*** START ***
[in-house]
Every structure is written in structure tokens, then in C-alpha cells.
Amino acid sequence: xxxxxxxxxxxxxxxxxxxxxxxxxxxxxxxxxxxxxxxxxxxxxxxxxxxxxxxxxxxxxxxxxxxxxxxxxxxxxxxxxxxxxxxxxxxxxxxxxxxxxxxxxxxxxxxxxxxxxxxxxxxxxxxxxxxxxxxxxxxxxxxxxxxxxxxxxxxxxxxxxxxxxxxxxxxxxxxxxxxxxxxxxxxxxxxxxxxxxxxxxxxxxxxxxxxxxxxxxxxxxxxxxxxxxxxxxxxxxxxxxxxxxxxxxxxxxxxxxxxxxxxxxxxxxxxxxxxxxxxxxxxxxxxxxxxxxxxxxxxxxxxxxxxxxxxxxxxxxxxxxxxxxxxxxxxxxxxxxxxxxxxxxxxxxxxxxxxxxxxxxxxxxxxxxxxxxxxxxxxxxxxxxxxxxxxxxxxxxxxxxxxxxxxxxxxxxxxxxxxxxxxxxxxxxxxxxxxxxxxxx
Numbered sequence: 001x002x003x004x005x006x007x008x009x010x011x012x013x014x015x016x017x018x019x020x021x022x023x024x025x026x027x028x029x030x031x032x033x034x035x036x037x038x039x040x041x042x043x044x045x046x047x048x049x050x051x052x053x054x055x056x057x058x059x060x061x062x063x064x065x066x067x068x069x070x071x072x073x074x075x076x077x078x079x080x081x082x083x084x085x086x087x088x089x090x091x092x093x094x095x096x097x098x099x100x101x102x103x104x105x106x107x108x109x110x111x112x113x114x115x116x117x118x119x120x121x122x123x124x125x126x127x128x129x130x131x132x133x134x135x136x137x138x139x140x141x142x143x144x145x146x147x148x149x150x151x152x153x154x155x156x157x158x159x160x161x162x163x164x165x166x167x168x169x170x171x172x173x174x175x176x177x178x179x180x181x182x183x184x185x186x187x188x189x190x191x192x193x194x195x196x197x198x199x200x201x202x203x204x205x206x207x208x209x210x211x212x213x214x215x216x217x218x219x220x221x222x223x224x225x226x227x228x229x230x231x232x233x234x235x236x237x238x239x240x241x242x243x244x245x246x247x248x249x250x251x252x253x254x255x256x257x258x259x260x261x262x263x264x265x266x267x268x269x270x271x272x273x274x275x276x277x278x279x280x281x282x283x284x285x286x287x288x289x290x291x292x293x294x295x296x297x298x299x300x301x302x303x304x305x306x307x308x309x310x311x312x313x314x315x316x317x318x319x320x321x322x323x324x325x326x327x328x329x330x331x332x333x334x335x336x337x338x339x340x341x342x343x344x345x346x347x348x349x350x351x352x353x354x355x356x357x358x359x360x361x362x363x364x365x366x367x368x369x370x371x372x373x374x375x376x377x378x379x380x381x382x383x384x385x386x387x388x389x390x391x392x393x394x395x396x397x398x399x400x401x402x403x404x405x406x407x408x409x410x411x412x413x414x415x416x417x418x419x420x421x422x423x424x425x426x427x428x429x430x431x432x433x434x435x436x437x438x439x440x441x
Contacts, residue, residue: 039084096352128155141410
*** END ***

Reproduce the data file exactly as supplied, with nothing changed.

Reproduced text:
[in-house]
Every structure is written in structure tokens, then in C-alpha cells.
Amino acid sequence: xxxxxxxxxxxxxxxxxxxxxxxxxxxxxxxxxxxxxxxxxxxxxxxxxxxxxxxxxxxxxxxxxxxxxxxxxxxxxxxxxxxxxxxxxxxxxxxxxxxxxxxxxxxxxxxxxxxxxxxxxxxxxxxxxxxxxxxxxxxxxxxxxxxxxxxxxxxxxxxxxxxxxxxxxxxxxxxxxxxxxxxxxxxxxxxxxxxxxxxxxxxxxxxxxxxxxxxxxxxxxxxxxxxxxxxxxxxxxxxxxxxxxxxxxxxxxxxxxxxxxxxxxxxxxxxxxxxxxxxxxxxxxxxxxxxxxxxxxxxxxxxxxxxxxxxxxxxxxxxxxxxxxxxxxxxxxxxxxxxxxxxxxxxxxxxxxxxxxxxxxxxxxxxxxxxxxxxxxxxxxxxxxxxxxxxxxxxxxxxxxxxxxxxxxxxxxxxxxxxxxxxxxxxxxxxxxxxxxxxxx
Numbered sequence: 001x002x003x004x005x006x007x008x009x010x011x012x013x014x015x016x017x018x019x020x021x022x023x024x025x026x027x028x029x030x031x032x033x034x035x036x037x038x039x040x041x042x043x044x045x046x047x048x049x050x051x052x053x054x055x056x057x058x059x060x061x062x063x064x065x066x067x068x069x070x071x072x073x074x075x076x077x078x079x080x081x082x083x084x085x086x087x088x089x090x091x092x093x094x095x096x097x098x099x100x101x102x103x104x105x106x107x108x109x110x111x112x113x114x115x116x117x118x119x120x121x122x123x124x125x126x127x128x129x130x131x132x133x134x135x136x137x138x139x140x141x142x143x144x145x146x147x148x149x150x151x152x153x154x155x156x157x158x159x160x161x162x163x164x165x166x167x168x169x170x171x172x173x174x175x176x177x178x179x180x181x182x183x184x185x186x187x188x189x190x191x192x193x194x195x196x197x198x199x200x201x202x203x204x205x206x207x208x209x210x211x212x213x214x215x216x217x218x219x220x221x222x223x224x225x226x227x228x229x230x231x232x233x234x235x236x237x238x239x240x241x242x243x244x245x246x247x248x249x250x251x252x253x254x255x256x257x258x259x260x261x262x263x264x265x266x267x268x269x270x271x272x273x274x275x276x277x278x279x280x281x282x283x284x285x286x287x288x289x290x291x292x293x294x295x296x297x298x299x300x301x302x303x304x305x306x307x308x309x310x311x312x313x314x315x316x317x318x319x320x321x322x323x324x325x326x327x328x329x330x331x332x333x334x335x336x337x338x339x340x341x342x343x344x345x346x347x348x349x350x351x352x353x354x355x356x357x358x359x360x361x362x363x364x365x366x367x368x369x370x371x372x373x374x375x376x377x378x379x380x381x382x383x384x385x386x387x388x389x390x391x392x393x394x395x396x397x398x399x400x401x402x403x404x405x406x407x408x409x410x411x412x413x414x415x416x417x418x419x420x421x422x423x424x425x426x427x428x429x430x431x432x433x434x435x436x437x438x439x440x441x
Contacts, residue, residue: 039084096352128155141410